By Whom Was David Taught

By whom was David taught
To aim the deadly blow,
When he Goliath fought,
And laid the Gittite low?
Nor sword nor spear the stripling took,
But chose a pebble from the brook.

’Twas Israel’s God and King
Who sent him to the fight;
Who gave him strength to fling,
And skill to aim aright.
Ye feeble saints, your strength endures,
Because young David’s God is yours.

Who ordered Gideon forth,
To storm th’invaders’ camp
With arms of little worth,
A pitcher and a lamp?
The trumpets made His coming known
And all the host was overthrown.

Oh! I have seen the day,
When with a single word,
God helping me to say,
“My trust is in the Lord,”
My soul hath quelled a thousand foes
Fearless of all that could oppose.

But unbelief, self will,
Self righteousness, and pride,
How often do they steal
My weapon from my side!
Yet David’s Lord, and Gideon’s Friend,
Will help His servant to the end.

-William Cowper, Ol­ney Hymns, (Lon­don: W. Ol­iv­er, 1779).

When Hagar Found the Bottle Spent

When Hagar found the bottle spent,
And wept o’er Ishmael,
A message from the Lord was sent
To guide her to a well.

Should not Elijah’s cake and cruse
Convince us at this day,
A gracious God will not refuse
Provisions by the way?

His saints and servants shall be fed,
The promise is secure;
“Bread shall be given them,” He has said,
“Their water shall be sure.”

Repasts far richer they shall prove
Than all earth’s dainties are;
’Tis sweet to taste a Savior’s love,
Though in the meanest fare.

To Jesus then your trouble bring,
Nor murmur at your lot;
While you art poor, and He is King,
You shall not be forgot.

-William Cowper, Ol­ney Hymns (Lon­don: W. Ol­i­ver, 1779), num­ber 57.

A Glory Gilds the Sacred Page

A glory gilds the sacred page,
Majestic like the sun;
It gives a light to every age;
It gives, but borrows none.

The Spirit breathes upon the Word
And brings the truth to sight;
Precepts and promises afford
A sanctifying light.

The hand that gave it still supplies
The gracious light and heat;
His truths upon the nations rise;
They rise, but never set.

Let everlasting thanks be Thine
For such a bright display.
As makes a world of darkness shine
With beams of heavenly day.

My soul rejoices to pursue
The steps of Him I love,
Till glory breaks upon my view
In brighter worlds above.

-William Cowper, cir­ca 1770.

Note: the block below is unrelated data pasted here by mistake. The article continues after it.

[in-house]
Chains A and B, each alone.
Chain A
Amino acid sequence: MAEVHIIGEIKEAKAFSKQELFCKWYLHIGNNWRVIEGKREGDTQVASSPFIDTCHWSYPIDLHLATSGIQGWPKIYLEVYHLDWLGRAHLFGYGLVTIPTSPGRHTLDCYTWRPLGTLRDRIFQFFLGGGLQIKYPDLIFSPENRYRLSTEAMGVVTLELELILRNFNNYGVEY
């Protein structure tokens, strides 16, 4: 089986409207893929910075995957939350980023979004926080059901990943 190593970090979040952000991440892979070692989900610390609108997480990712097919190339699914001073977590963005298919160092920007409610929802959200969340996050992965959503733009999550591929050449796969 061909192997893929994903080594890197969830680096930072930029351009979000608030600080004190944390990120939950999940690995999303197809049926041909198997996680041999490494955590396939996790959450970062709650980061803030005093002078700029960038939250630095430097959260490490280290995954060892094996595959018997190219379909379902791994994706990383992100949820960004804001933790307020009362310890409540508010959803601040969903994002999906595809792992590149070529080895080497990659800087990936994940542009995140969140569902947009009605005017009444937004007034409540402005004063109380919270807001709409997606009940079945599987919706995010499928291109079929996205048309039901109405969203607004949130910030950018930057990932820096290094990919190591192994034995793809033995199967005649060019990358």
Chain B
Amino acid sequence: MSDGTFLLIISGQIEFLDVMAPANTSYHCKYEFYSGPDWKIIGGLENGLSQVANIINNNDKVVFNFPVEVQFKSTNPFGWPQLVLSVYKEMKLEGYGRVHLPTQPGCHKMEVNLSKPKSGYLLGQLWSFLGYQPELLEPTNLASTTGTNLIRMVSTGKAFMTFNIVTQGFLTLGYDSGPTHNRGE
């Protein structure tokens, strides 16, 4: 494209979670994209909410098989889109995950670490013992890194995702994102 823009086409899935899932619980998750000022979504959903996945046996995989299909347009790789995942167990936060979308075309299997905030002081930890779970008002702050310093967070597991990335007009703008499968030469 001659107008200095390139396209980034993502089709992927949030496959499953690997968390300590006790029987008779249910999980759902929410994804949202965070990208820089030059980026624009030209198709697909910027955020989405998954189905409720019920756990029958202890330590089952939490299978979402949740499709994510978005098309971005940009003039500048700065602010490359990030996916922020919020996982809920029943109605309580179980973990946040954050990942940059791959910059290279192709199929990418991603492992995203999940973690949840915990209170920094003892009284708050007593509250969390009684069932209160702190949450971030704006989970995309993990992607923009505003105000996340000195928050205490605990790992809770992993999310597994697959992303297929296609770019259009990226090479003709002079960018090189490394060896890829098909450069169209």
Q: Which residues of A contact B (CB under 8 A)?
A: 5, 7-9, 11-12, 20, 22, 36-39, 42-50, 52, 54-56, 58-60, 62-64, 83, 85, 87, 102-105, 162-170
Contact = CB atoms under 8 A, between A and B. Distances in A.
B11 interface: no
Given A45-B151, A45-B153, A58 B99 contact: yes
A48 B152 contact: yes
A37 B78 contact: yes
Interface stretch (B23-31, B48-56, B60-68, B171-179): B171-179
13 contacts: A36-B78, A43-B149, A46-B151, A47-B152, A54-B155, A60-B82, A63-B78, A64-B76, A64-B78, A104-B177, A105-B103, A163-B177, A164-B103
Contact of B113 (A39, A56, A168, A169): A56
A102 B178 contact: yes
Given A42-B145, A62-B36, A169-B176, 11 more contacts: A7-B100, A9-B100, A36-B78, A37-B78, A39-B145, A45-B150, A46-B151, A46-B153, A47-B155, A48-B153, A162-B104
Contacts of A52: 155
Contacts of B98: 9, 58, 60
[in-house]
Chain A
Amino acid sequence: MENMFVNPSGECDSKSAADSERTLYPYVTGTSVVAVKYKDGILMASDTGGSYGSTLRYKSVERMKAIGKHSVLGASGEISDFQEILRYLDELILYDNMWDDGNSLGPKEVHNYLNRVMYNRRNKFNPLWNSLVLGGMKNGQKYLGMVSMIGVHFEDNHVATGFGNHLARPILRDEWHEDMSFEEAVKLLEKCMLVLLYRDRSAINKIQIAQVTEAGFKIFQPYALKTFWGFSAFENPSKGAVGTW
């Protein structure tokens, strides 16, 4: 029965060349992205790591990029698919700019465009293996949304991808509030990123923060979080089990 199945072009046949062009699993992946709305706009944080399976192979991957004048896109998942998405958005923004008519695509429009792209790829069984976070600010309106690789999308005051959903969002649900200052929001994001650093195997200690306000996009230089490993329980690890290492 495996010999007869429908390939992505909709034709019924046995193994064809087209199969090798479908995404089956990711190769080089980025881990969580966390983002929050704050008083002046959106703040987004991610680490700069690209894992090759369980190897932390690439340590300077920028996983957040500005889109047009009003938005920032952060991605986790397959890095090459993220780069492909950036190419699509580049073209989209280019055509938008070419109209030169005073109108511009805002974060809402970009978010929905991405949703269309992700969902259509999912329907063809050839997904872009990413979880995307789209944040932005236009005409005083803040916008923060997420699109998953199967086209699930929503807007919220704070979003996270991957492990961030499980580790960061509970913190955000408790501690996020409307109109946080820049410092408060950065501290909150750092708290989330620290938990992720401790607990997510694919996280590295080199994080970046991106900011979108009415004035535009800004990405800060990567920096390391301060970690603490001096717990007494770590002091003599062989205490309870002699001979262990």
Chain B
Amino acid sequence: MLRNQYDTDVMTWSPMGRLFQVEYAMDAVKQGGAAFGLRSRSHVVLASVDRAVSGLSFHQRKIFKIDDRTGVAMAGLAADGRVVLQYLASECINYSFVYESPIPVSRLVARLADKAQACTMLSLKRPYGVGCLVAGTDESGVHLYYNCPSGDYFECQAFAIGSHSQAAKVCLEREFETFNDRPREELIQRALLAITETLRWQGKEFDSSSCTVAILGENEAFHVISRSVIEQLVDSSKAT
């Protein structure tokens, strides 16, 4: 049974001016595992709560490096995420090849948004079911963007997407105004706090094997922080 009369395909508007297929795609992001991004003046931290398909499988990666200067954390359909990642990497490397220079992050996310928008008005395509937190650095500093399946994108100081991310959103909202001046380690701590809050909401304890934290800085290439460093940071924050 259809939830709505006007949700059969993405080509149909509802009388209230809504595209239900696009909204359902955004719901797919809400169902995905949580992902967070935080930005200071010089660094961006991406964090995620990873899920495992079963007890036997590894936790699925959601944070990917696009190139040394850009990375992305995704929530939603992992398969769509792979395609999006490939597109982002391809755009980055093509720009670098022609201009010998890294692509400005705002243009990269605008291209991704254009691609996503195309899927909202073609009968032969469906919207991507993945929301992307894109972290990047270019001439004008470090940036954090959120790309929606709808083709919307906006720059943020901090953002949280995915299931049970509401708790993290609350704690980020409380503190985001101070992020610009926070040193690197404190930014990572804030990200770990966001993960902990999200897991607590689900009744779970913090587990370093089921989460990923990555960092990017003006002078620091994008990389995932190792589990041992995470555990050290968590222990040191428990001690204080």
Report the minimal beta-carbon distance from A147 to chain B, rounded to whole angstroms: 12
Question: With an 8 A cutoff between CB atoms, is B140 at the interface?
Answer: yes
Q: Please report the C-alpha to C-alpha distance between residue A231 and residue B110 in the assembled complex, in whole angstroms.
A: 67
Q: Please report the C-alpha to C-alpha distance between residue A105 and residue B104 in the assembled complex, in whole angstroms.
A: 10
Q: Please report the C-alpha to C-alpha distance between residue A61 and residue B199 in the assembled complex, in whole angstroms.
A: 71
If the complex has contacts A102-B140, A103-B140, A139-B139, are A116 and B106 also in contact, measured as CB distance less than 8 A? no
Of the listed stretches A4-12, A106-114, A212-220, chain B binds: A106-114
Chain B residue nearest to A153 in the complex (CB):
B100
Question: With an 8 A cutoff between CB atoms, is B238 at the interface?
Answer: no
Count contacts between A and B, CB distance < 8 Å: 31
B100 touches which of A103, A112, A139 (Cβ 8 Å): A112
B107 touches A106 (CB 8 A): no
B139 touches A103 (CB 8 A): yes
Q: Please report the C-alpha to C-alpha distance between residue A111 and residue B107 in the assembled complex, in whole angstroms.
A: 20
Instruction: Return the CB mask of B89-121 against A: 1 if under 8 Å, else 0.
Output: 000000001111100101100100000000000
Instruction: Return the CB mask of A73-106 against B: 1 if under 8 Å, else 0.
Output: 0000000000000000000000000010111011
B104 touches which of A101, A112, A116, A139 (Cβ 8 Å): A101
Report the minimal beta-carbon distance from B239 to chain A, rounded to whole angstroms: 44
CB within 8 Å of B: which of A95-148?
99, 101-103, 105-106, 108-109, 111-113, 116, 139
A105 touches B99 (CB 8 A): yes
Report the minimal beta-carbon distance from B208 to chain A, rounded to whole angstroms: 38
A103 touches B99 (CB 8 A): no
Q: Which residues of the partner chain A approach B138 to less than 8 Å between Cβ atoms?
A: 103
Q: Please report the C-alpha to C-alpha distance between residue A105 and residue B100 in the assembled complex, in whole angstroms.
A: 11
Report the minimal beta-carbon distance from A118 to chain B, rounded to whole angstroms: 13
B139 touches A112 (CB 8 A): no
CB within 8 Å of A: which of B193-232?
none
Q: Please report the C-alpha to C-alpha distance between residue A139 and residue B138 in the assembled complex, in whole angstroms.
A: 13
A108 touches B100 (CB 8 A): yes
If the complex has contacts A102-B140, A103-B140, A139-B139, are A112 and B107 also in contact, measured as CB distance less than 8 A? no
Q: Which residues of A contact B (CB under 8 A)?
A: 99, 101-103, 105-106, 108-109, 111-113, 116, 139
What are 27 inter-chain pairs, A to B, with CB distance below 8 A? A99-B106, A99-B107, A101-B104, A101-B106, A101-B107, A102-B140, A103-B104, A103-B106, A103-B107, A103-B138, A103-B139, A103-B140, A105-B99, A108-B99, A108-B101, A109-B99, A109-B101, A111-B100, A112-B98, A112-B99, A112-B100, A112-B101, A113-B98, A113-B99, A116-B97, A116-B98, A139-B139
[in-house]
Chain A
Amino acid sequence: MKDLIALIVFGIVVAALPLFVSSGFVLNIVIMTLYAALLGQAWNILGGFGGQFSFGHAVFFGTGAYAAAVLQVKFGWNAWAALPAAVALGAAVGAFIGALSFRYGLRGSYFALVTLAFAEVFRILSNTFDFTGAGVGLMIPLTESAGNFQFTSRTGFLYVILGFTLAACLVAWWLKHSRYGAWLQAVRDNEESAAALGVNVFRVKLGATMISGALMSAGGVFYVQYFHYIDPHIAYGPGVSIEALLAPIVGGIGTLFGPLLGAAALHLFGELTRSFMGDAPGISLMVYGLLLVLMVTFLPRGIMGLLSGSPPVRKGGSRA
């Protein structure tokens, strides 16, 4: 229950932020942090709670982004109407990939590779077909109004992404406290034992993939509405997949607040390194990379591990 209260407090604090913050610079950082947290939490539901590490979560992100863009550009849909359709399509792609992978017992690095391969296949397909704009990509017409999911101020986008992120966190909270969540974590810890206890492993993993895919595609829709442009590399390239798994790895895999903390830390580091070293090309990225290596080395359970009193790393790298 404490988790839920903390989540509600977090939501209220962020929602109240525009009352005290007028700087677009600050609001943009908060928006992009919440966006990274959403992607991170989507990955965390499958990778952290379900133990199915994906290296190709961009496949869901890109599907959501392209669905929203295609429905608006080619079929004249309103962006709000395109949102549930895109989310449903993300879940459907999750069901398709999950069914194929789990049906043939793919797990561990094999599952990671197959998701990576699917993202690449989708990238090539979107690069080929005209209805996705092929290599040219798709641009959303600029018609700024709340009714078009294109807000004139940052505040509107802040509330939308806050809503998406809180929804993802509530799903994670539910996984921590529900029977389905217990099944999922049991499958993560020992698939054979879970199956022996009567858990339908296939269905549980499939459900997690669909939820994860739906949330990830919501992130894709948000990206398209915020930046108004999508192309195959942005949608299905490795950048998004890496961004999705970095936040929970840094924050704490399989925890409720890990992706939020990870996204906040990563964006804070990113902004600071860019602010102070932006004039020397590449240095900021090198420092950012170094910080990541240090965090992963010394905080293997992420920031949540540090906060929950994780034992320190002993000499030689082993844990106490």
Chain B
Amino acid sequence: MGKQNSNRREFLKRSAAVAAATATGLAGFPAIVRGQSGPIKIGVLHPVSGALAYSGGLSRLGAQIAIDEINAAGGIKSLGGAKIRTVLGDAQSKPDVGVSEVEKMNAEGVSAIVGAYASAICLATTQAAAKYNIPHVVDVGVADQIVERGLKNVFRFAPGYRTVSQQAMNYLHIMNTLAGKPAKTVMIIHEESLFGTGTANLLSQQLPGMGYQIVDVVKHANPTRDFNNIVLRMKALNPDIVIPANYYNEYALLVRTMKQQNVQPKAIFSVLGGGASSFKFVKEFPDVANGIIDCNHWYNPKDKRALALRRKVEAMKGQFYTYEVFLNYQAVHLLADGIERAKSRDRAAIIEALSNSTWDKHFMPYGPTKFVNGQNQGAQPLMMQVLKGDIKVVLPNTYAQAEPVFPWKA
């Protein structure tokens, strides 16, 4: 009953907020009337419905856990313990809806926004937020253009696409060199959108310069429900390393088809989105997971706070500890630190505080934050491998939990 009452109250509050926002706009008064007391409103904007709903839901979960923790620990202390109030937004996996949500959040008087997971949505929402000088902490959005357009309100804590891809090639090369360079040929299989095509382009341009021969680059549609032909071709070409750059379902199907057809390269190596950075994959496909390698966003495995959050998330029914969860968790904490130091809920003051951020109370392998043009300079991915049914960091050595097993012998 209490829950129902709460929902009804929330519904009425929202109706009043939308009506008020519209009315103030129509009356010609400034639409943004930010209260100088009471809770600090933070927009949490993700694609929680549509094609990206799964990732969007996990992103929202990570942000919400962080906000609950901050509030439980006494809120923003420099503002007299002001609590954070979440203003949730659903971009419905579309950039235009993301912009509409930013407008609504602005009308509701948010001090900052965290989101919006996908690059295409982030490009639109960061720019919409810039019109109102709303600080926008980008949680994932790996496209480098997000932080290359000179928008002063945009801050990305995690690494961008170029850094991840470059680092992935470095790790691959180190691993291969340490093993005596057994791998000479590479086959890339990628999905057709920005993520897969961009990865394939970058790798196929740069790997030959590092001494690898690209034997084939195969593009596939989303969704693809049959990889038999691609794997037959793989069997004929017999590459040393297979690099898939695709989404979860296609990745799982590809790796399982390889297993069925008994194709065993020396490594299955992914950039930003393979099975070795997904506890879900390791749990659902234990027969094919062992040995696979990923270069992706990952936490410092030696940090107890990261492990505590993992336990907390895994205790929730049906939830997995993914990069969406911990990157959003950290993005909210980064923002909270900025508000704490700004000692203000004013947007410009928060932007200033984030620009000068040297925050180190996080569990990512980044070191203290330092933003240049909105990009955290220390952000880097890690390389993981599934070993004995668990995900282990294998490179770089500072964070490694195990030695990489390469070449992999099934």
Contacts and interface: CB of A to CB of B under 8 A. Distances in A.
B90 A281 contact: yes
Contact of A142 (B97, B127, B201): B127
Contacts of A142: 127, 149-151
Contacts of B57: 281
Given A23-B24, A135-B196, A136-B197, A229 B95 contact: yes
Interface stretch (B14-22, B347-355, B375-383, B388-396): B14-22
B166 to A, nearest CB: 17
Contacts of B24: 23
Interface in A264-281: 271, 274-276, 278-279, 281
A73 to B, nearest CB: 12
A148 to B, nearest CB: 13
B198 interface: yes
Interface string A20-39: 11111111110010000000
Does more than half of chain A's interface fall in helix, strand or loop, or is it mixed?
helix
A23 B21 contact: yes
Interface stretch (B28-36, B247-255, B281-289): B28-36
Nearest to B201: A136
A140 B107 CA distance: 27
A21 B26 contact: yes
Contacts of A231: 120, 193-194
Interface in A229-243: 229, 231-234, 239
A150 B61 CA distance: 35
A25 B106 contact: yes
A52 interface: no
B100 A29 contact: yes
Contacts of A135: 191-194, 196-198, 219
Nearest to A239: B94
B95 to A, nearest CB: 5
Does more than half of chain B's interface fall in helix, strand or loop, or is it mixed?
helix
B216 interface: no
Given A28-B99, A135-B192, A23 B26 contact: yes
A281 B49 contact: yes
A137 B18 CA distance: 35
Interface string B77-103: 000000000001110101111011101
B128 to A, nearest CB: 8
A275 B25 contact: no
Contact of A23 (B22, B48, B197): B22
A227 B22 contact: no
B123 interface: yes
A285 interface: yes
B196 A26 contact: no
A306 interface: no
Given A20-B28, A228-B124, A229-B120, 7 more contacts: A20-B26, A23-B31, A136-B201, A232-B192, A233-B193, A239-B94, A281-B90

Jesus, Whose Blood So Freely Streamed

Jesus, whose blood so freely streamed
To satisfy the law’s demand;
By Thee from guilt and wrath redeemed,
Before the Father’s face I stand.

To reconcile offending man,
Make Justice drop her angry rod;
What creature could have formed the plan,
Or who fulfill it but a God?

No drop remains of all the curse,
For wretches who deserved the whole;
No arrows dipped in wrath to pierce
The guilty, but returning soul.

Peace by such means so dearly bought,
What rebel could have hoped to see?
Peace by his injured Sovereign wrought,
His Sovereign fastened to a tree.

Now, Lord, Thy feeble worm prepare!
For strife with earth and hell begins;
Conform and gird me for the war;
They hate the soul that hates his sins.

Let them in horrid league agree!
They may assault, they may distress;
But cannot quench Thy love to me,
Nor rob me of the Lord my Peace.

-William Cowper, Ol­ney Hymns (Lon­don: W. Ol­iv­er, 1779).

The Lord Proclaims His Grace Abroad

The Lord proclaims His grace abroad!
“Behold, I change your hearts of stone;
Each shall renounce his idol god,
And serve, henceforth, the Lord alone.

“My grace, a flowing stream, proceeds
To wash your filthiness away;
Ye shall abhor your former deeds,
And learn My statutes to obey.

“My truth the great design ensures,
I give Myself away to you;
You shall be Mine, I will be yours,
Your God unalterably true.

“Yet not unsought or unimplored,
The plenteous grace I shall confer;
No—your whole hearts shall seek the Lord,
I’ll put a praying spirit there.

“From the first breath of life divine
Down to the last expiring hour,
The gracious work shall all be Mine,
Begun and ended in My pow’r.”

-William Cowper, Ol­ney Hymns (Lon­don: W. Ol­iv­er, 1779).

Jesus, Where’er Thy People Meet

Jesus, where’er Thy people meet,
There they behold Thy mercy seat;
Where’er they seek Thee Thou art found,
And every place is hallowed ground.

For Thou, within no walls confined,
Inhabitest the humble mind;
Such ever bring Thee, where they come,
And, going, take Thee to their home.

Dear Shepherd of Thy chosen few,
Thy former mercies here renew;